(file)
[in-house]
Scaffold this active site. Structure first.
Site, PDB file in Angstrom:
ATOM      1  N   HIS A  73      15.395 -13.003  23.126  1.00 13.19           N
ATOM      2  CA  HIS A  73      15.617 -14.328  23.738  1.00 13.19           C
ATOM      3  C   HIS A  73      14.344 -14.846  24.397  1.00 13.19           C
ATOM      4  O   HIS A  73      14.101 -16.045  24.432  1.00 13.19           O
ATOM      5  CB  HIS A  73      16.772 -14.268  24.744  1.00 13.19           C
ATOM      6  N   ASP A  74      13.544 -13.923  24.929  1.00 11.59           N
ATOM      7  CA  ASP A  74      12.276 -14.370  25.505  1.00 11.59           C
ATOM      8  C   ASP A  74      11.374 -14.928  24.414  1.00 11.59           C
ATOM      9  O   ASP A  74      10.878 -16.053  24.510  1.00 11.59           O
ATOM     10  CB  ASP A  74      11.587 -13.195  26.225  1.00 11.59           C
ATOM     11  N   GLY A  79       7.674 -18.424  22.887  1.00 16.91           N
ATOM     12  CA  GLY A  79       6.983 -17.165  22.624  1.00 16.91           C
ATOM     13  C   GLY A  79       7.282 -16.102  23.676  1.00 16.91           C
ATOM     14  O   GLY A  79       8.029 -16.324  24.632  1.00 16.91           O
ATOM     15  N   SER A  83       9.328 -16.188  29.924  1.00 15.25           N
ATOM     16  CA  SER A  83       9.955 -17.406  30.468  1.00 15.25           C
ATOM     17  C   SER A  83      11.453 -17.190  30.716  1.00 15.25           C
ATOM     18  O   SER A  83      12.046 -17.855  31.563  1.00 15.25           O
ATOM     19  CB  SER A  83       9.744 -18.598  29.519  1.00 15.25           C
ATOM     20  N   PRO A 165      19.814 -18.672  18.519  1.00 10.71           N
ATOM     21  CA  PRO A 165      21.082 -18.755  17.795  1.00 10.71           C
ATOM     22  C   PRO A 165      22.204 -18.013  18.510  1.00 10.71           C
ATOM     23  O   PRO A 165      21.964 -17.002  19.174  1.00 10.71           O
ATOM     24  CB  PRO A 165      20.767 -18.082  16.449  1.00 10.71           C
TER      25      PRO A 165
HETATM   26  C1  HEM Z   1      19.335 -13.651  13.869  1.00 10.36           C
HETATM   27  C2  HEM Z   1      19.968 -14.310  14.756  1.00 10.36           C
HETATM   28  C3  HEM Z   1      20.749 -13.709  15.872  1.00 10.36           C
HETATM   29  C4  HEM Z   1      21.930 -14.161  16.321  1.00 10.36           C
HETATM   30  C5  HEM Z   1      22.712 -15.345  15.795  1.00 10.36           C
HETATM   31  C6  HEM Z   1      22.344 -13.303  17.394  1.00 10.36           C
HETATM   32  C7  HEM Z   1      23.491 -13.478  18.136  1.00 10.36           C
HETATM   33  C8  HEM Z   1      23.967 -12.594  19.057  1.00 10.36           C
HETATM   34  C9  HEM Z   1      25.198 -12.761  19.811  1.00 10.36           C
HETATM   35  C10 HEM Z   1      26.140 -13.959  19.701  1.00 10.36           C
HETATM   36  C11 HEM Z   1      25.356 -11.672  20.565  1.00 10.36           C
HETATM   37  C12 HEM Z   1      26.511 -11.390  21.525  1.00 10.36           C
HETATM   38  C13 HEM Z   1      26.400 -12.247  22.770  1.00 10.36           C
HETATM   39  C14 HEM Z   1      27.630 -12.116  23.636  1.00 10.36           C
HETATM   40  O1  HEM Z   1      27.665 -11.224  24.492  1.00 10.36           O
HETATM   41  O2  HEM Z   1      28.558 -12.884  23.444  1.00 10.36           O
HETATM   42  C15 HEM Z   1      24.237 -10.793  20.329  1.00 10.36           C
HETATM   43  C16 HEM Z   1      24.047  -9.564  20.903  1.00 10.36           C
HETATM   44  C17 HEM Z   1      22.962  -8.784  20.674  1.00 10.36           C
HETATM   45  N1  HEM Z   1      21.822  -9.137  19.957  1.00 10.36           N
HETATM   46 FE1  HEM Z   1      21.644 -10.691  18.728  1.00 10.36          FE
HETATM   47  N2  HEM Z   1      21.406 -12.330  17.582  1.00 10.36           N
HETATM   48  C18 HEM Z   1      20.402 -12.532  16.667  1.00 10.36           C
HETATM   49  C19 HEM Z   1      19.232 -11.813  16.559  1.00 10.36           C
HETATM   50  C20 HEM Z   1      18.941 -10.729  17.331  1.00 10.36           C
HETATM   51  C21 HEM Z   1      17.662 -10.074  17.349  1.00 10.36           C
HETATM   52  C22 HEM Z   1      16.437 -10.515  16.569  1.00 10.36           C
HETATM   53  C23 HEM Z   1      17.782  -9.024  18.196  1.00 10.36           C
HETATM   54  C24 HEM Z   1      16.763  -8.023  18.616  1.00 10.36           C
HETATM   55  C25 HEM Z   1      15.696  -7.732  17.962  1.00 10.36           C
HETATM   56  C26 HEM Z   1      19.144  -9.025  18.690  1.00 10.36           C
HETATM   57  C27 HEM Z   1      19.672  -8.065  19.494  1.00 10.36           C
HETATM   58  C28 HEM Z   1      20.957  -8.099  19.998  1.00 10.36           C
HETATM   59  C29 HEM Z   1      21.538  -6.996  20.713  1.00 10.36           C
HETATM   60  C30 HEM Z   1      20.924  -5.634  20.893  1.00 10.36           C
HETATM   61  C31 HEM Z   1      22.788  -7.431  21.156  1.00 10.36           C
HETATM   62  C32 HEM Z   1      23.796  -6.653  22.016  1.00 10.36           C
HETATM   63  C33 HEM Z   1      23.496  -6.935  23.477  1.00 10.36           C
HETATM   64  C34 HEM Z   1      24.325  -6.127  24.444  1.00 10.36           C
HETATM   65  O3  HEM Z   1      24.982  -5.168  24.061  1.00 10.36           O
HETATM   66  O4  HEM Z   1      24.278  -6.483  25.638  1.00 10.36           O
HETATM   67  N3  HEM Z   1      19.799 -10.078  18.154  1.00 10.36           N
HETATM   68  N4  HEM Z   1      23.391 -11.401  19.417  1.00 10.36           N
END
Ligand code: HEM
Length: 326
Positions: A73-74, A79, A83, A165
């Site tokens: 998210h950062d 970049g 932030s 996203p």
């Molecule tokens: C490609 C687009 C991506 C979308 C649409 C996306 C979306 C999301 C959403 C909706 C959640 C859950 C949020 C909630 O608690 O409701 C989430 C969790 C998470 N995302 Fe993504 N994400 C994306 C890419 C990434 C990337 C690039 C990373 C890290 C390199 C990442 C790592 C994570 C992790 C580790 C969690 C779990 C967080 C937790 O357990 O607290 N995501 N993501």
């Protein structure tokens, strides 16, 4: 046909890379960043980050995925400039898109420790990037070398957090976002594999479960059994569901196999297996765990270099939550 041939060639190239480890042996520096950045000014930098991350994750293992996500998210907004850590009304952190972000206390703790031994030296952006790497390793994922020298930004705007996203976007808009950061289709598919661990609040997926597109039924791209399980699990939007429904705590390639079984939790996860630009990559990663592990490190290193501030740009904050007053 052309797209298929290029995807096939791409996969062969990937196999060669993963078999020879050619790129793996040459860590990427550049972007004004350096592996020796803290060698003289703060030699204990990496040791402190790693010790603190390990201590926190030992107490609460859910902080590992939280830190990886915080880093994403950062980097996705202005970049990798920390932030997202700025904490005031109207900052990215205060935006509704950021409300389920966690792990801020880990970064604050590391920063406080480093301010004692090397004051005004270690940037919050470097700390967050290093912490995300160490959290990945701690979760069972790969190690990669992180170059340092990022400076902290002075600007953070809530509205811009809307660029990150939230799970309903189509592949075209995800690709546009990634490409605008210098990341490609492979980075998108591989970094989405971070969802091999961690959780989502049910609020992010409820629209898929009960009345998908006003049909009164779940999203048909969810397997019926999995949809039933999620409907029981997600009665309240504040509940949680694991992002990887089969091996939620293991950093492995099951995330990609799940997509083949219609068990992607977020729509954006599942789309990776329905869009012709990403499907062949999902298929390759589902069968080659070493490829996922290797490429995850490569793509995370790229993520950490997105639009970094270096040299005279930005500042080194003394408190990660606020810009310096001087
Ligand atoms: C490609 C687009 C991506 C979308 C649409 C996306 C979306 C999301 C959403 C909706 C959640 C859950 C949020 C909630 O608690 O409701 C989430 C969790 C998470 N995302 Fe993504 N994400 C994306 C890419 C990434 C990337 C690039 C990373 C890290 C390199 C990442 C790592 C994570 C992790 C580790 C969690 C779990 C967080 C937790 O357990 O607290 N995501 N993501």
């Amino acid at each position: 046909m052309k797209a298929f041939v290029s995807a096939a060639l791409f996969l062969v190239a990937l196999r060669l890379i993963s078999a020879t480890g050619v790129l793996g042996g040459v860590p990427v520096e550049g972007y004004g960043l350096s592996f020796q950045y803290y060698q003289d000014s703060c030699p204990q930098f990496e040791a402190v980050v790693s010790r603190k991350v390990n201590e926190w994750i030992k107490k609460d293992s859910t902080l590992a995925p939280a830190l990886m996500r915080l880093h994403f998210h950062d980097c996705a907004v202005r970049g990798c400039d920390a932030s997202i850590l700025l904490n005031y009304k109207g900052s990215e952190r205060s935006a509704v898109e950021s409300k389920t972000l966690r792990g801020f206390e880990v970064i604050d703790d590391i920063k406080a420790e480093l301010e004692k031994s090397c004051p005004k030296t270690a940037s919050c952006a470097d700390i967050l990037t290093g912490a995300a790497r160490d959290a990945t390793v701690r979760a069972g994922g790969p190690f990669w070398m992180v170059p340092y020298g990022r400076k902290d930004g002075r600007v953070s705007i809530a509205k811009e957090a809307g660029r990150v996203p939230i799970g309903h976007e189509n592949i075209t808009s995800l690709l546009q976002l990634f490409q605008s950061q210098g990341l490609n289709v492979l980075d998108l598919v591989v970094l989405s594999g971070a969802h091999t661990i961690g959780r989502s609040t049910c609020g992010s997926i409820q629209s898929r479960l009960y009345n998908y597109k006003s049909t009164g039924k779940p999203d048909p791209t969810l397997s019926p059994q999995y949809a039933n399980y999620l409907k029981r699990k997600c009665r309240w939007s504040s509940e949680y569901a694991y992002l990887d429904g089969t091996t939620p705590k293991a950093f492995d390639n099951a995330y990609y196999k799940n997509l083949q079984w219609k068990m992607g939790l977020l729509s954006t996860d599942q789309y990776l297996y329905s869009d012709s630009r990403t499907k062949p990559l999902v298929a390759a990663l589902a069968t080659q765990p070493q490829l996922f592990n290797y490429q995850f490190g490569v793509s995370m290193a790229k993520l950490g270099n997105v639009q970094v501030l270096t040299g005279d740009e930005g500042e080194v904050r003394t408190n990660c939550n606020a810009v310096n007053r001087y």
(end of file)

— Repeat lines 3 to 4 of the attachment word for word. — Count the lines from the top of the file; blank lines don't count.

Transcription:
Site, PDB file in Angstrom:
ATOM      1  N   HIS A  73      15.395 -13.003  23.126  1.00 13.19           N